From the Boston Herald
By Donna Goodison
September 9, 2010
Talbots Inc. has pulled fur items from its store shelves and “e-tail” site after complaints from Humane Society of the United States members about a switch in its fur-free policy.
The classic women’s retailer now says it’s again committed to being fur free, but the Hingham-based company failed to offer an explanation as to why it decided to sell $89 rabbit-fur collars as part of its fall collection.
“We have heard from our customers, some of whom expressed concern about this product,” Talbots said in a statement. “We take these concerns very seriously and have decided to pull the remaining products from our selling floor. Talbots remains committed to upholding its anti-fur pledge.”
Talbots has been on the Humane Society’s shopping guide of 300-plus fur-free retailers, brands and designers since 1999, said Andrew Page, senior director of the animal-welfare organization.
Page called Talbots’ decision to sell the fur collars a planned change in policy. Several Humane Society members who complained to the company were read “scripted language” by customer service representatives, who said Talbots had changed its policy and would be selling real animal fur, he said.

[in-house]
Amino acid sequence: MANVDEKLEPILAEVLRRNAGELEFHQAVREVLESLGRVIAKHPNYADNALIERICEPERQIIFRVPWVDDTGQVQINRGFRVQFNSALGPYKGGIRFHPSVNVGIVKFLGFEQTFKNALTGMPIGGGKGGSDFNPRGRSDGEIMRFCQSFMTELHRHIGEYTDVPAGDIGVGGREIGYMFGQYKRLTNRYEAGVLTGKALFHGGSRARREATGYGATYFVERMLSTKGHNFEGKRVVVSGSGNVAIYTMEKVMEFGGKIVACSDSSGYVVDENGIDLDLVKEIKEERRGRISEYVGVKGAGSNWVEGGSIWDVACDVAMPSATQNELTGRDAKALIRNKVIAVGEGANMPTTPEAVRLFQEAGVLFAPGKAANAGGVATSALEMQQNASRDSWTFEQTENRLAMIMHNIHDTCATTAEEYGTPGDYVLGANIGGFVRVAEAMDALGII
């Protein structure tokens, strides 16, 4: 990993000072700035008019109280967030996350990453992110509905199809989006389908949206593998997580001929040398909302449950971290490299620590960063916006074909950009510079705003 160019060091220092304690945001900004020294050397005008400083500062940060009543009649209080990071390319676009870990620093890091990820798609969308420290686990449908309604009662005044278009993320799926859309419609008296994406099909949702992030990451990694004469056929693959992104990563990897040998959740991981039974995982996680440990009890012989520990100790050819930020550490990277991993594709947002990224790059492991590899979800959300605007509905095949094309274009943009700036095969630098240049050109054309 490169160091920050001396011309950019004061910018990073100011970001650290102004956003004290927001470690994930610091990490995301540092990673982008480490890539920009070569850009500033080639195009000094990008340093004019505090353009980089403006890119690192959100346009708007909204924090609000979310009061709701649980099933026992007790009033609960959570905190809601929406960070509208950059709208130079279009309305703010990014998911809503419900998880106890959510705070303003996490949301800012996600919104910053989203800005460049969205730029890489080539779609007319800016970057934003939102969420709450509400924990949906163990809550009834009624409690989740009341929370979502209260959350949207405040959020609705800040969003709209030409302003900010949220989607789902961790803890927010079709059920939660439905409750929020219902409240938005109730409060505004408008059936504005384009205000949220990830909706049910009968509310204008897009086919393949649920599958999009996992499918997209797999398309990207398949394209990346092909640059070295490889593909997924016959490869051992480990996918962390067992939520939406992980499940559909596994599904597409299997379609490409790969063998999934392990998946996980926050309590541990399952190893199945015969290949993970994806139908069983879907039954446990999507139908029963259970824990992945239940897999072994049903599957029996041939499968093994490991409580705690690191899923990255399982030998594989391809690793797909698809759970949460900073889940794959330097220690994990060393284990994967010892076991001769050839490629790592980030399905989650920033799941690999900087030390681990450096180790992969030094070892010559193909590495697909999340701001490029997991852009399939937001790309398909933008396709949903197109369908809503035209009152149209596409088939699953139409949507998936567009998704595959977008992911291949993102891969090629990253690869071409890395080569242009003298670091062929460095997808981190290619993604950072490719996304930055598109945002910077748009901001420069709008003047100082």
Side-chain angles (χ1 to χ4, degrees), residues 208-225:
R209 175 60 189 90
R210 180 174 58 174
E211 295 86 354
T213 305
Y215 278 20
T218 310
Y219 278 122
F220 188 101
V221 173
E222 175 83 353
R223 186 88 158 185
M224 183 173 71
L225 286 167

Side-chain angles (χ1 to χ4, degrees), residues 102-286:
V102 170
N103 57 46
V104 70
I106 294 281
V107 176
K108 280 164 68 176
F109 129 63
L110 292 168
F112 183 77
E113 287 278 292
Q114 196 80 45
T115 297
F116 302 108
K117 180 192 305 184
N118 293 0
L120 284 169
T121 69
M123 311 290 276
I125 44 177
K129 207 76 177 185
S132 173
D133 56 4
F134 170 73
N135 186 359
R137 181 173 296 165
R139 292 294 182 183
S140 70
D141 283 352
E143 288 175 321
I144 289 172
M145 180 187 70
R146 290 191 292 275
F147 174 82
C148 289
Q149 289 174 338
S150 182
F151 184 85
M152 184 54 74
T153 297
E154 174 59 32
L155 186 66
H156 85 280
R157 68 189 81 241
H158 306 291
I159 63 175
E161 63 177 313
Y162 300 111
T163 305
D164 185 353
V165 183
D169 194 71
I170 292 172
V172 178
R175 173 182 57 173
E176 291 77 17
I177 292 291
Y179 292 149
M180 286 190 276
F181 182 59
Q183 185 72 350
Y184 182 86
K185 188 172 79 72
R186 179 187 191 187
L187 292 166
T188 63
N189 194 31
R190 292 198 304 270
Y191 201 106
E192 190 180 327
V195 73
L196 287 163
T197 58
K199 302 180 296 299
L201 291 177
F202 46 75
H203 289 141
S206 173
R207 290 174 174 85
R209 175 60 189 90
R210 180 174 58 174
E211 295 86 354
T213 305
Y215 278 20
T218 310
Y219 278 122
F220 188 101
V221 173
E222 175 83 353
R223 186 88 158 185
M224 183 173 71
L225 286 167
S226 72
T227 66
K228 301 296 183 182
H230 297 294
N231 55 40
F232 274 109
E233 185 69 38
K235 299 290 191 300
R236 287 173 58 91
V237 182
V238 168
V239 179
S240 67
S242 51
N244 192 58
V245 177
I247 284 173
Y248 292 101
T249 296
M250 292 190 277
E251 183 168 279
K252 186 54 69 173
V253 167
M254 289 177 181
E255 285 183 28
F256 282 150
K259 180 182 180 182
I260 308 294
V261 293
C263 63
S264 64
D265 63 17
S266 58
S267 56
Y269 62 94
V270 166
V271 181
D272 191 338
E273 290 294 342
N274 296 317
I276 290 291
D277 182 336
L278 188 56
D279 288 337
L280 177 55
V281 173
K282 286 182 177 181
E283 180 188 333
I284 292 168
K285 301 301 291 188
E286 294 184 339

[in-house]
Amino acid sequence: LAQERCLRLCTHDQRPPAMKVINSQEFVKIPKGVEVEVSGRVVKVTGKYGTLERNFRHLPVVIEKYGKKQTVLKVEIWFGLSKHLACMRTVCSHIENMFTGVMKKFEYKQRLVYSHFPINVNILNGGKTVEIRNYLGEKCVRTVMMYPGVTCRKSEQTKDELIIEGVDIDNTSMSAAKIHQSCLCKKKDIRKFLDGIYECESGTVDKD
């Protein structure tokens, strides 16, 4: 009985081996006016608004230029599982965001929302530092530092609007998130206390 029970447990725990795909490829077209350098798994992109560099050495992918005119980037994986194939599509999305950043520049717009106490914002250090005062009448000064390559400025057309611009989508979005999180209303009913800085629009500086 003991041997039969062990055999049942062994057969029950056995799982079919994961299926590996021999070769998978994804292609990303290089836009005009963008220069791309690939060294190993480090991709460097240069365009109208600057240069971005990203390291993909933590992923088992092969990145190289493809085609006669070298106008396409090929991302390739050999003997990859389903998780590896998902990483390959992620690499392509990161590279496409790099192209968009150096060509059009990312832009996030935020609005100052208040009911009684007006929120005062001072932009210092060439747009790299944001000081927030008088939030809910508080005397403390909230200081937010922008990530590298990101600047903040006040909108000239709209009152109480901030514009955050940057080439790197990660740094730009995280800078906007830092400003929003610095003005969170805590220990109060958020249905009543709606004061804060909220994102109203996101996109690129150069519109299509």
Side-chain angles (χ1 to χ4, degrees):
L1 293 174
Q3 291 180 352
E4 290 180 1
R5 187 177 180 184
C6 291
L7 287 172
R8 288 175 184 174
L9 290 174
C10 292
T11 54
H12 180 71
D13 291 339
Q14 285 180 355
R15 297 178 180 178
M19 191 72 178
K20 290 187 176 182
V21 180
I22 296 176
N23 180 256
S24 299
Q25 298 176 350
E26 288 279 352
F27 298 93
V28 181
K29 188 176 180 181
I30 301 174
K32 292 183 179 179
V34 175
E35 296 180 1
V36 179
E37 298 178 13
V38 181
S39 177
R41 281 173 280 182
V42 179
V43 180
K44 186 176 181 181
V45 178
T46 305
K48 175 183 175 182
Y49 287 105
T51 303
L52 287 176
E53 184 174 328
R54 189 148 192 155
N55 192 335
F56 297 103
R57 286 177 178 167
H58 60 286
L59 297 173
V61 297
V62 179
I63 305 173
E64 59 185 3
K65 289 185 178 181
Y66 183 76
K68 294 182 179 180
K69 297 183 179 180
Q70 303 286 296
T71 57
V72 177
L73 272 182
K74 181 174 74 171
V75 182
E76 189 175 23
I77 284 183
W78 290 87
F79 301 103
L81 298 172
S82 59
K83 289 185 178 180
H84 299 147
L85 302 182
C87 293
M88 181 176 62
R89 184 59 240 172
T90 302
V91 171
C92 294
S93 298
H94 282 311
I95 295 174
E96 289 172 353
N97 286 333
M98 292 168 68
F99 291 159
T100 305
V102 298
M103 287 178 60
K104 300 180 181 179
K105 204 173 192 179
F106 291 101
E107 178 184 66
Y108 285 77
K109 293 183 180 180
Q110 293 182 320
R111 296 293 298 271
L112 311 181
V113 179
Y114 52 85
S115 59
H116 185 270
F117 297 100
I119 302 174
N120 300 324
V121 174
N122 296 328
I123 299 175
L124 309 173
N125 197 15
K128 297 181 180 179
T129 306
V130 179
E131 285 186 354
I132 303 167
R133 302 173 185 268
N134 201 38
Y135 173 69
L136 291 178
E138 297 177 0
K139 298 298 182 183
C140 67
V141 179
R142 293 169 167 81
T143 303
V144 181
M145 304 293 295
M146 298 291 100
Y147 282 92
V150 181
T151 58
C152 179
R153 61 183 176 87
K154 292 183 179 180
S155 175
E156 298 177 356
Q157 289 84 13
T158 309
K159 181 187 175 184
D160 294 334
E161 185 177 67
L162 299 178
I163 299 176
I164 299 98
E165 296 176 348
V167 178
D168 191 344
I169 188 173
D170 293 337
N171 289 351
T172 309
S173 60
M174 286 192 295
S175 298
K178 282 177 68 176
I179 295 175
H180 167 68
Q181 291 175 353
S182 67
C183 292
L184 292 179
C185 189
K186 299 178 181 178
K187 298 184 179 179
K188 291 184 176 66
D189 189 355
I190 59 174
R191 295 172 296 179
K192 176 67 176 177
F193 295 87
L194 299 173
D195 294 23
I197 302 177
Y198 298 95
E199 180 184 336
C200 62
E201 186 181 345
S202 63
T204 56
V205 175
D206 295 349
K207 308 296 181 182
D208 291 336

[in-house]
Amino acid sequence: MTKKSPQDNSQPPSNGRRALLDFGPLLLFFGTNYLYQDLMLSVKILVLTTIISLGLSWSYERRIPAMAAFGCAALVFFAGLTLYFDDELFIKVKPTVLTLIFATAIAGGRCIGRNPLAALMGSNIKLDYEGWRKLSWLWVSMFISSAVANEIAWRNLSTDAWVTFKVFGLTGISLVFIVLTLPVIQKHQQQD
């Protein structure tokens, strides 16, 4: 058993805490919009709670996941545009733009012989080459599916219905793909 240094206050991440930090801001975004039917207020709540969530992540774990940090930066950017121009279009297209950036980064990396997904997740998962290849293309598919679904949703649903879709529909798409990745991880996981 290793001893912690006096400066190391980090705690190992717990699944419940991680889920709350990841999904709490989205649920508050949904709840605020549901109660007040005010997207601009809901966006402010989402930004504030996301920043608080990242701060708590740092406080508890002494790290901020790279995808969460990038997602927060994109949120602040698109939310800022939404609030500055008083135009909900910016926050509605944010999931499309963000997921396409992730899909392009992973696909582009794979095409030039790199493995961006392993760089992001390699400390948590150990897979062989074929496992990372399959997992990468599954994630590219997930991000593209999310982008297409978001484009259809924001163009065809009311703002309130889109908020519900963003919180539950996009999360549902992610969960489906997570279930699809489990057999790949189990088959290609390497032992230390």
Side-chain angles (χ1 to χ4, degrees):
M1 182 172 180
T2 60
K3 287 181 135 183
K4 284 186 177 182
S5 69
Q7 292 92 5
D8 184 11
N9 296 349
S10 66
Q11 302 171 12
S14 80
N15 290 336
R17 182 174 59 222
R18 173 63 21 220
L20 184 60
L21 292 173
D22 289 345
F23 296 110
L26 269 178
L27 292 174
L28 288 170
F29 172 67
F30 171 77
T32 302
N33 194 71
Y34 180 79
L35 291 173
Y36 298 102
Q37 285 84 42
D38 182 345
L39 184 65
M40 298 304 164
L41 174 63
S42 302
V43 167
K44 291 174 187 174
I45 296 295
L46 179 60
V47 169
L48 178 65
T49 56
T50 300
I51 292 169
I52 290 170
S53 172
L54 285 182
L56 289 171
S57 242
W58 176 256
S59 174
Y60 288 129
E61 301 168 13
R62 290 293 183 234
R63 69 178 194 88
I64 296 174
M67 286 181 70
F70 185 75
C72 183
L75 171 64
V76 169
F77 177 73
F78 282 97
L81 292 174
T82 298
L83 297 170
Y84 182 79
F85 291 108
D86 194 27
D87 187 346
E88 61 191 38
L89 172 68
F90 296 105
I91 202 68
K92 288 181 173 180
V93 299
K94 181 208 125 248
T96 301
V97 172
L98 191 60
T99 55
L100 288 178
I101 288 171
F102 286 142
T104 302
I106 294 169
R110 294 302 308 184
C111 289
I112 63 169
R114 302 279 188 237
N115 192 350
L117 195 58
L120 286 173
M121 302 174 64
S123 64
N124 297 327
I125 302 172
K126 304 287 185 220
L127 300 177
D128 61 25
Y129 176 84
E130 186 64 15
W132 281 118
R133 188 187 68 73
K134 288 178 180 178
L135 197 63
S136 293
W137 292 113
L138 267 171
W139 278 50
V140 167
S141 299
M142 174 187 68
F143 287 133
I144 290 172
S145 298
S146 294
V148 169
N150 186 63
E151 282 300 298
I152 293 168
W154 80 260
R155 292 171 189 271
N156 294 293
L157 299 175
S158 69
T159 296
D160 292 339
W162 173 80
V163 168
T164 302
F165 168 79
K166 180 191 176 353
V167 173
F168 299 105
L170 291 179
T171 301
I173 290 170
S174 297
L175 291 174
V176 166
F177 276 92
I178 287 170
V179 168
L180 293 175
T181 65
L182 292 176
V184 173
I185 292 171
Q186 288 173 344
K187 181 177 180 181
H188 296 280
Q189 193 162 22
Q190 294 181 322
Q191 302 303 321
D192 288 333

“With so many Americans opposed to buying or wearing animal fur, the decision to sell fur can cause many loyal customers to feel betrayed,” Page said. “We are thrilled with Talbots’ decision to remain fur-free. Clearly this was simply a misstep.”
Talbots, which operates 580 stores, has been revamping and updating its fashion image under CEO Trudy Sullivan, who’s been tackling a company turnaround.
Talbots said yesterday it rebounded to a quarterly profit even as sales dropped, but its results fell below analyst estimates.
The company reported sales of $300.7 million for the fiscal second quarter, a 1.3 percent decrease. It posted net income of $941,000, compared with a $24.5 million loss last year.